It is uncomfortable to sit with those who are suffering, especially when we don’t feel like we can fix their problem. Those who have severe depression are used to hearing people’s tidbits of advice, but we would be better to sin in silence with them.  They are used to receiving advice on how to cheer up and look at the bright side of life, or how they should exercise more, or get out of the house more, or eat healthier food. It is much easier to give advice and walk away rather than sit in the tension with them and endure the suffering with them in silence.
 When someone deals with a death there is a similar kind of reaction, instead of sitting in silence we want to say, “Well, they are in a better place now”. We have such a low tolerance for sitting in the pain of another person. This soon becomes obvious to the person suffering and they begin to hide their suffering so they can relieve the discomfort of the people around them. They begin acting to relieve the anxiety of the people who are unwilling to be with them in their pain. So they fake it, and are left even more alone, not even given permission to suffer in the presence of others.  
We even want to rush past the sad parts. People will go to work the same day of the funeral of someone near and dear to them to distract themselves and “do something”. We often want to speed past Good Friday to get to Easter Sunday as if sitting in Good Friday is somehow wrong because it is sad. More and more I hear people saying I don’t want a funeral I want a “celebration of life”. And where does this leave those who are broken, suffering, and who are lost in their grief and have no interest in celebrating?    
We often want to jump ahead of the first lines of Psalm 22. We don’t want to sit in them and be uncomfortable. We want to jump to further in the psalm where there is some comfort, but we should be careful of that desire for avoidance. For ourselves as mourners we must be careful to allow ourselves to grieve properly, and as comforters we must allow others permission to rest in their suffering.
Job’s friends wept and sat with him for seven days in silence, but they eventually want to give meaning to his suffering. Surely God wouldn’t allow this to happen for no reason, so they start to believe that Job is being punished for some awful secret sin. It’s the idea of karma. Job must have done something to deserve such suffering. We sometimes do this in more subtle ways. But, from the opening chapters we know Job has done nothing to deserve his suffering. But, Job’s friends push him to expose the secret sin and ask forgiveness, but they are really only making things worse. Not only is he suffering, but now his friends have accused him of deserving his suffering. Not only is he suffering, but he is also now a “sinner”.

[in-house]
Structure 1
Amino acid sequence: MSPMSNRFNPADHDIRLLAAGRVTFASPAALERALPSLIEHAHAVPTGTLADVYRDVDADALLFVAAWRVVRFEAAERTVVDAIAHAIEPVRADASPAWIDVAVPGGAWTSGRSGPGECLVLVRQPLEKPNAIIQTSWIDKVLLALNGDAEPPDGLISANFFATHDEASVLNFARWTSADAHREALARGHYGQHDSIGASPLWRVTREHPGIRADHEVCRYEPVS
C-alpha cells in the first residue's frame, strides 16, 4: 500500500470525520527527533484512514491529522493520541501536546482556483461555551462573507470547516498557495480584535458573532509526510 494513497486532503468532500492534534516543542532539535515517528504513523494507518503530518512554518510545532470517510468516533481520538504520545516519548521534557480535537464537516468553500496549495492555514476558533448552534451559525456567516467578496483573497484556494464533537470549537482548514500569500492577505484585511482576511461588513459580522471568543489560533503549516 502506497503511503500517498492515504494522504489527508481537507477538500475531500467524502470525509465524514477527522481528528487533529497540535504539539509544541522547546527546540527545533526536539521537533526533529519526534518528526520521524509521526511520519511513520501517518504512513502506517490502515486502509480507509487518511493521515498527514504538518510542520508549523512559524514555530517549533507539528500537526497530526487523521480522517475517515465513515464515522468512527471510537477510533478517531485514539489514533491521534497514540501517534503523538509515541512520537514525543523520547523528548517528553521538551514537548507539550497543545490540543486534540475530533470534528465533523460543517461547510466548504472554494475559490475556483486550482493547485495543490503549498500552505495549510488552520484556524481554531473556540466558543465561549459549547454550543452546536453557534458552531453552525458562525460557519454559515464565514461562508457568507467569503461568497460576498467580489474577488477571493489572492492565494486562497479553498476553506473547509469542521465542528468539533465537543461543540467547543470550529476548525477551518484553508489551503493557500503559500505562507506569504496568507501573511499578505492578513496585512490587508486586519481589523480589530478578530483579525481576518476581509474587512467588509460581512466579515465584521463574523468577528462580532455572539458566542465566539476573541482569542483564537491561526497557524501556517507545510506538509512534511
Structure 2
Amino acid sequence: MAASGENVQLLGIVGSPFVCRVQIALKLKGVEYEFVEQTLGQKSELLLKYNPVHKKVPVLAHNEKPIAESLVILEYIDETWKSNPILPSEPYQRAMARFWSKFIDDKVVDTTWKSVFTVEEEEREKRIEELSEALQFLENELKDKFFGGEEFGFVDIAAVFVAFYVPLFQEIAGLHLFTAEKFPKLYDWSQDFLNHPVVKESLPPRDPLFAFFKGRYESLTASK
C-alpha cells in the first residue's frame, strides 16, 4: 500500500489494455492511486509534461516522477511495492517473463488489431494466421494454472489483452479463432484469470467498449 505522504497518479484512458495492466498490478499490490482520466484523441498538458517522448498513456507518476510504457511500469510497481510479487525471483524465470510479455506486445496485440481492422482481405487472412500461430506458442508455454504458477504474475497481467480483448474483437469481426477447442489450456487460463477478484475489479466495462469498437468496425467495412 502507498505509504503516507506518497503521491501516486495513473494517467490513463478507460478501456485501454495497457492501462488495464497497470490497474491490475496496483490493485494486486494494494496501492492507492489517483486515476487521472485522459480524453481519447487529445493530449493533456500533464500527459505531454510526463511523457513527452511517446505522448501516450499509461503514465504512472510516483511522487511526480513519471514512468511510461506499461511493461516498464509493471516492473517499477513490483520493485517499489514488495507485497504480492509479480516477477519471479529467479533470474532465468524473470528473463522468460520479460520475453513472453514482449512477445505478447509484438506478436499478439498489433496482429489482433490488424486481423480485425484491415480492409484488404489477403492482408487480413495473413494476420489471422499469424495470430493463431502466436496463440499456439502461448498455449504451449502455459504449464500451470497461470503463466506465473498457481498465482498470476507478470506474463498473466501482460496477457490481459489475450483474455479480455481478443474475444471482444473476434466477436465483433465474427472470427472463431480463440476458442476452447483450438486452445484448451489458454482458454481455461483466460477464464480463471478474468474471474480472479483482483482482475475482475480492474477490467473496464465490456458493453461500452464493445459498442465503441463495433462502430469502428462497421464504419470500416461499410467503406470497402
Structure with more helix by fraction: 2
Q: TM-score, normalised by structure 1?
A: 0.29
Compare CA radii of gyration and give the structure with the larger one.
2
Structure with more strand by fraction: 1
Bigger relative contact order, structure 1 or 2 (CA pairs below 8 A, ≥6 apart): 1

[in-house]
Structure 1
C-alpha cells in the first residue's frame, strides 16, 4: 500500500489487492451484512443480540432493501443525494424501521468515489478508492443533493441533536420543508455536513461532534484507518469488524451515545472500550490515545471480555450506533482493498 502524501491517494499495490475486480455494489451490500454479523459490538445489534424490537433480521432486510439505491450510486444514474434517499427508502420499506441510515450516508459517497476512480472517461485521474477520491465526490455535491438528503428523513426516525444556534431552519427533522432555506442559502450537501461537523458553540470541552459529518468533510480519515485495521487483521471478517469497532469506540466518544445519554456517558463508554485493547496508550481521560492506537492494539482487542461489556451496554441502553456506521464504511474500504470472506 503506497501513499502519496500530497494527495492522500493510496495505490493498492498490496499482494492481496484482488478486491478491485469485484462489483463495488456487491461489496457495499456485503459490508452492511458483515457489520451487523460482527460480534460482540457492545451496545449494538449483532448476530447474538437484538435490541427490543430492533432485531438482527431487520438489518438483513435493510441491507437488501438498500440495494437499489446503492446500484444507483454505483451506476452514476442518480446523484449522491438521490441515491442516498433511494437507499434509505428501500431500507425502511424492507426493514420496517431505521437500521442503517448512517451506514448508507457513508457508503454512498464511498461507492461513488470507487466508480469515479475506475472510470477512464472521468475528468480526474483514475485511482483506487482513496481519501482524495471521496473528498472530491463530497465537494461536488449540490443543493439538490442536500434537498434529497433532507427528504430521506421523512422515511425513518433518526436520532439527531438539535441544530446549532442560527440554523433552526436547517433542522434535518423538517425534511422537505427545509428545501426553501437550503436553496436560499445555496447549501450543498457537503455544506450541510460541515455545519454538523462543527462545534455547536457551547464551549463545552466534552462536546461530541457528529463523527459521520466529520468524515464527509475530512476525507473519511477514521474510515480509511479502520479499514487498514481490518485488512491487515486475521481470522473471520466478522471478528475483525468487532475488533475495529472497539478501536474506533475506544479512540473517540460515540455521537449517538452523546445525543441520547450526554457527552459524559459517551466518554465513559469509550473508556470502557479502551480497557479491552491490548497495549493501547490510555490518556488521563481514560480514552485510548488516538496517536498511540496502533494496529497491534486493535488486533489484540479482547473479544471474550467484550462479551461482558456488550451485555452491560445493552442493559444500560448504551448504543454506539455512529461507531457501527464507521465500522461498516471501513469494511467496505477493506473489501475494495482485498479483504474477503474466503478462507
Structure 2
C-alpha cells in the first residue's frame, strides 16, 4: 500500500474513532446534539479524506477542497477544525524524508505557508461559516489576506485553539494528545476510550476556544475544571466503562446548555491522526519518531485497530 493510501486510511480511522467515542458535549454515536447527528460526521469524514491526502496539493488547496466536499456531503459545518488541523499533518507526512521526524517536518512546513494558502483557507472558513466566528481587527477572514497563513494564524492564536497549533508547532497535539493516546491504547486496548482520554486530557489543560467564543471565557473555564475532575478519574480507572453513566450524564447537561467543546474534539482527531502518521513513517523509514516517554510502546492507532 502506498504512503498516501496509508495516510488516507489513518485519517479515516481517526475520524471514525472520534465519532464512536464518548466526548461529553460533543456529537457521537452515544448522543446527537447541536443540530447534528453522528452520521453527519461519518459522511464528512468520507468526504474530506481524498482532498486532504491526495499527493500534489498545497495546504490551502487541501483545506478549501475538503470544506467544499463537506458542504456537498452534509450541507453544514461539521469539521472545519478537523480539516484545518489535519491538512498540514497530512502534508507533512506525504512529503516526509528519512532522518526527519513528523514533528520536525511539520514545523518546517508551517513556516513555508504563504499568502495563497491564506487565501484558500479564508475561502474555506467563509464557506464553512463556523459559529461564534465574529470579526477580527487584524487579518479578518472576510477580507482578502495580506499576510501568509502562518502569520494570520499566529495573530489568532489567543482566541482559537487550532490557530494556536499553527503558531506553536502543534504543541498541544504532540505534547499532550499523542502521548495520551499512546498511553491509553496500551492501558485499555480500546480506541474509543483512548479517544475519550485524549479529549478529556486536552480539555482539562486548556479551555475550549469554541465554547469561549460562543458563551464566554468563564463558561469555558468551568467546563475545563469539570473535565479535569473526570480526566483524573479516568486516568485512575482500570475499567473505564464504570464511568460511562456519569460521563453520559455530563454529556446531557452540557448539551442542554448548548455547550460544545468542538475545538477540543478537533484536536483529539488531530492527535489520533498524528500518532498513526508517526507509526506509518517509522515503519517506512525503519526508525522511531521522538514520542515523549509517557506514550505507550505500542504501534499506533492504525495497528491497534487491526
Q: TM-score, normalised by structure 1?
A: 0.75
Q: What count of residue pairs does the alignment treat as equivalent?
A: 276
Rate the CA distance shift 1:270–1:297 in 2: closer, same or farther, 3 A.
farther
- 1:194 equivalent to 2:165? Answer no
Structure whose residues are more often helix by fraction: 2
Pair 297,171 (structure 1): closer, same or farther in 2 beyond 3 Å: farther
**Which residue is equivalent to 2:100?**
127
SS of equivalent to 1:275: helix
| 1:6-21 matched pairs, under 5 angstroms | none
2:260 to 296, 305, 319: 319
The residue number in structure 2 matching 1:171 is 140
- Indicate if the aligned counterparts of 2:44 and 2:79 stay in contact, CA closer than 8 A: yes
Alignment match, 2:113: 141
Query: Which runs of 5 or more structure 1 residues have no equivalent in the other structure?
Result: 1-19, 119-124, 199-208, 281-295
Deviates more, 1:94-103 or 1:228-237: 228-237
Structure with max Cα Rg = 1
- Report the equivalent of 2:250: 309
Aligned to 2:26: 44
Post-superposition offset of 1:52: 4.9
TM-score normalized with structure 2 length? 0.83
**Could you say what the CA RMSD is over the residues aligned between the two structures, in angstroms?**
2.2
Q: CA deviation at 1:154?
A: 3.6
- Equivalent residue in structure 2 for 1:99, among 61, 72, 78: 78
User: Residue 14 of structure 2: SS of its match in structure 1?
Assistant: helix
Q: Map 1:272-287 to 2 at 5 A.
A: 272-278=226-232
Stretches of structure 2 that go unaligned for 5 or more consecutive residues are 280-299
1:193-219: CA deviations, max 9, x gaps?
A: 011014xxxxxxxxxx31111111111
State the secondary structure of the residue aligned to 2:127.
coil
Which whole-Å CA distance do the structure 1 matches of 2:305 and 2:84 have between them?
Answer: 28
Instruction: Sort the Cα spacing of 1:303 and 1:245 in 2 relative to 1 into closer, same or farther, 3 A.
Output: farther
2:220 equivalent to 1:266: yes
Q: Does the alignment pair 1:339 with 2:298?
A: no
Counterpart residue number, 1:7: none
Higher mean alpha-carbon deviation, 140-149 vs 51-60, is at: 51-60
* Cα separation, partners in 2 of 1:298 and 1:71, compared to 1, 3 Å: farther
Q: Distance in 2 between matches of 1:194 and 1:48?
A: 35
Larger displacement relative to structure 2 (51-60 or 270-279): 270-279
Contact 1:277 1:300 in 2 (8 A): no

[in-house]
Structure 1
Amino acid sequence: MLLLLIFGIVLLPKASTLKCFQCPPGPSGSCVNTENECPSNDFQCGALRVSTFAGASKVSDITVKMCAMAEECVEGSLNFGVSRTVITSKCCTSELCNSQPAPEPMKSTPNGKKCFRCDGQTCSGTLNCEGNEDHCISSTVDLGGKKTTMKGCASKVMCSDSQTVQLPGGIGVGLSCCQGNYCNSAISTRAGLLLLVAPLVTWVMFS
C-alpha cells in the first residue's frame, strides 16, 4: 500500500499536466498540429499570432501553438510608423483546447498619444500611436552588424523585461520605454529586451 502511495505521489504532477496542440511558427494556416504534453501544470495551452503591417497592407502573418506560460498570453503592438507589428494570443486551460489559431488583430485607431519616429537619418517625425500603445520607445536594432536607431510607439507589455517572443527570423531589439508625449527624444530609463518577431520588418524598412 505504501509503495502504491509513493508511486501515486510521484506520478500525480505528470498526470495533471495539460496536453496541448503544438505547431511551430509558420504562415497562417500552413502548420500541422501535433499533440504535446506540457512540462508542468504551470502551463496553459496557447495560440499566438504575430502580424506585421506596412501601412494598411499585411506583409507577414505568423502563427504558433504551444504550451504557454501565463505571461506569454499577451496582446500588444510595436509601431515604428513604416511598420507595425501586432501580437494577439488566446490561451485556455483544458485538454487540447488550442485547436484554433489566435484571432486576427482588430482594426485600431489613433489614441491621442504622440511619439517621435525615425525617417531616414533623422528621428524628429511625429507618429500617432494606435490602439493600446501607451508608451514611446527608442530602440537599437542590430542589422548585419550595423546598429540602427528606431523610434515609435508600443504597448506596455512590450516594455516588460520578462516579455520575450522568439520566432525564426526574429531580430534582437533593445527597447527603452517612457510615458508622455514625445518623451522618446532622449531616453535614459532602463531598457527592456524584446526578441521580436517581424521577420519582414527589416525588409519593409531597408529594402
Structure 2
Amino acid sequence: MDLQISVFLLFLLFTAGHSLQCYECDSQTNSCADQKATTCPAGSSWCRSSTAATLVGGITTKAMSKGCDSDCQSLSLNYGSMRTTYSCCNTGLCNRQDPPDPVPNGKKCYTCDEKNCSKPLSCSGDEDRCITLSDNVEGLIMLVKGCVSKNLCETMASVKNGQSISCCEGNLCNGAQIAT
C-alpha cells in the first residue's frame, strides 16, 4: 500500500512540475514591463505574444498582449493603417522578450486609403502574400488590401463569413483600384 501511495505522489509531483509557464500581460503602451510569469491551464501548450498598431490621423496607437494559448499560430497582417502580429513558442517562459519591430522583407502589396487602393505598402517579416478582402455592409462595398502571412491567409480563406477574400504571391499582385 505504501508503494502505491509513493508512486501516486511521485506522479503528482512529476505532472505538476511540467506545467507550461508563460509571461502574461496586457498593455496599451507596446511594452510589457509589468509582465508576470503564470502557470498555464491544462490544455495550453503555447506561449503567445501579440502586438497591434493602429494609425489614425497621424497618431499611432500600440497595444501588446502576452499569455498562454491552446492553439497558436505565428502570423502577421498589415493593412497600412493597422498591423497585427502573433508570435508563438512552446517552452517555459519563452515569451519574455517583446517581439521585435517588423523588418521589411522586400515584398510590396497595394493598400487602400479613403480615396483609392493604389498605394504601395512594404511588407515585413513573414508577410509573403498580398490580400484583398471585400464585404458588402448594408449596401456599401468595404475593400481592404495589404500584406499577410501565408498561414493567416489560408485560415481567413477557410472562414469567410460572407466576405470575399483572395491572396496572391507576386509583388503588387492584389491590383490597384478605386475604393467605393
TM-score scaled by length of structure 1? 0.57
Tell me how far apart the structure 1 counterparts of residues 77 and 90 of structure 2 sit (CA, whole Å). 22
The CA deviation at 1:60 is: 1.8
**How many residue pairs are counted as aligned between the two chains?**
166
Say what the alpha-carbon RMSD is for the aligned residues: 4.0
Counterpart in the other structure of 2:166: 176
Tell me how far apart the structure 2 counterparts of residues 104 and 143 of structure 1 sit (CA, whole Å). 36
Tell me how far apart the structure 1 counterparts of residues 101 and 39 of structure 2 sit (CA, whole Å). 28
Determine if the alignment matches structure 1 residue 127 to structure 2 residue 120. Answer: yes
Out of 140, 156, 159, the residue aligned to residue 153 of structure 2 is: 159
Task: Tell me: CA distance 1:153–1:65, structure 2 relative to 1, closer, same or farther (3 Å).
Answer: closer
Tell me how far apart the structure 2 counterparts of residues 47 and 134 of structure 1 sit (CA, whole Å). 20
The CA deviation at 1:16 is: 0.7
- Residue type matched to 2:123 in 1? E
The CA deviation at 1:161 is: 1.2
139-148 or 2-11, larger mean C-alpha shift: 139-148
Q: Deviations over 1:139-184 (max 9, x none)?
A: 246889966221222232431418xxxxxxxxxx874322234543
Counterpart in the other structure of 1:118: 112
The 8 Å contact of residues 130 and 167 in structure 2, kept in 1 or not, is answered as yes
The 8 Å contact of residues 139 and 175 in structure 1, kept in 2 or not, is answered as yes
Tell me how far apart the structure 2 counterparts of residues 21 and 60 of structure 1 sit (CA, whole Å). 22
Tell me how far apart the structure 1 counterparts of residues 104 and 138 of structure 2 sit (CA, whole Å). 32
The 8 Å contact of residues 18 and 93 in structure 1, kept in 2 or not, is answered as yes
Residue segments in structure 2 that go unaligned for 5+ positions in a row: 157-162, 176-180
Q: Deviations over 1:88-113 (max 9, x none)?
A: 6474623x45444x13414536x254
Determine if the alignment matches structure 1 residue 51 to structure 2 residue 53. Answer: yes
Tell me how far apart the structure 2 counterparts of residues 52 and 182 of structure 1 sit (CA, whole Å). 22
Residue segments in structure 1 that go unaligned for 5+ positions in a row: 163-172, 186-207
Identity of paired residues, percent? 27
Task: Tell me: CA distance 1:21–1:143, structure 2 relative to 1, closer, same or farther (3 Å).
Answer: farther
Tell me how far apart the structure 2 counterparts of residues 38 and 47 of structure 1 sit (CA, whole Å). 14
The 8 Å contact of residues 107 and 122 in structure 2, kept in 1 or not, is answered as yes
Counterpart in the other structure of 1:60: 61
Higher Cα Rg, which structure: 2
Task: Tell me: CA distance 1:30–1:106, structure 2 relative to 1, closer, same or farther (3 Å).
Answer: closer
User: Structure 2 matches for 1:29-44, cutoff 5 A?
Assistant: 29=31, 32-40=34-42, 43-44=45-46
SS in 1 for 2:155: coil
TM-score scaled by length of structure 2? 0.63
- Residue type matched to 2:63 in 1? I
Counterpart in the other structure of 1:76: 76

The book of Job rests in the tension between two questions. On the one hand we have the Satan’s question, “Can people love God and be good without being showered with blessings?” Satan is saying people will only love God and be good if there is a reward. Without blessings of property and family and protection from pain and suffering people will not love God and be good.
          On the other hand, we hear Job’s question- “Is it right for God to let those who love him suffer?” How can God, who is good and all-powerful, watch one of his children who loves Him, suffer and not do something about it?
            Job does not attempt to answer either of these questions. It rests in that tension. The question the book of Job really wants to deal with is this. In this mystery of undeserved and meaningless suffering, how do we speak to God? That is the real point of the book of Job, not to explain suffering. The real point of the book of Job is how to speak to God in suffering. Job is our model for that. The psalms are our model for this as well.
Ps 22:1 My God, my God, why have you forsaken me?     Why are you so far from helping me, from the words of my groaning? 2 O my God, I cry by day, but you do not answer;     and by night, but find no rest.

When we would feel too polite, or pious to speak these words Job and the Psalms give us permission. Job and the psalmist express their anger to God. They expresses their questions and demands answers, but they never turns their back on God. They hold onto God even when their theology seems to fall apart. 

When we hear the cry, “My God, my God, why have you forsaken me?” We don’t primarily think of a Psalm. We usually think of Jesus when he is crucified. Jesus chose these words to be on his lips in his last moments. Why?  In Philippians 2:6-8 we read that Jesus
“who, though he was in the form of God,    did not regard equality with God    as something to be exploited, but emptied himself,    taking the form of a slave,    being born in human likeness.   And being found in human form,    he humbled himself    and became obedient to the point of death—    even death on a cross." 

When we look at Jesus we are in some mysterious way looking at God. And God chose to enter into our pain. We tend to hide pain in our culture. We privatize it. We don’t have public executions or tortures (thank God). We keep sick and suffering people institutionalized and hidden away. In many ways we keep suffering hidden from us. This wasn’t so in Jesus’ day. During Jesus’ time on earth suffering was all around him.
            There was a slave rebellion between 73 and 71 BC called the Third Servile War. About 120,000 rebel slaves were led by a man named Spartacus in revolt against the Roman republic. This led to about 6000 of his followers being crucified along the 200km stretch of road between Capua and Rome as a warning to those who would oppose Rome’s power. Imagine driving from Edmonton to Olds and every telephone pole has a body crucified on it.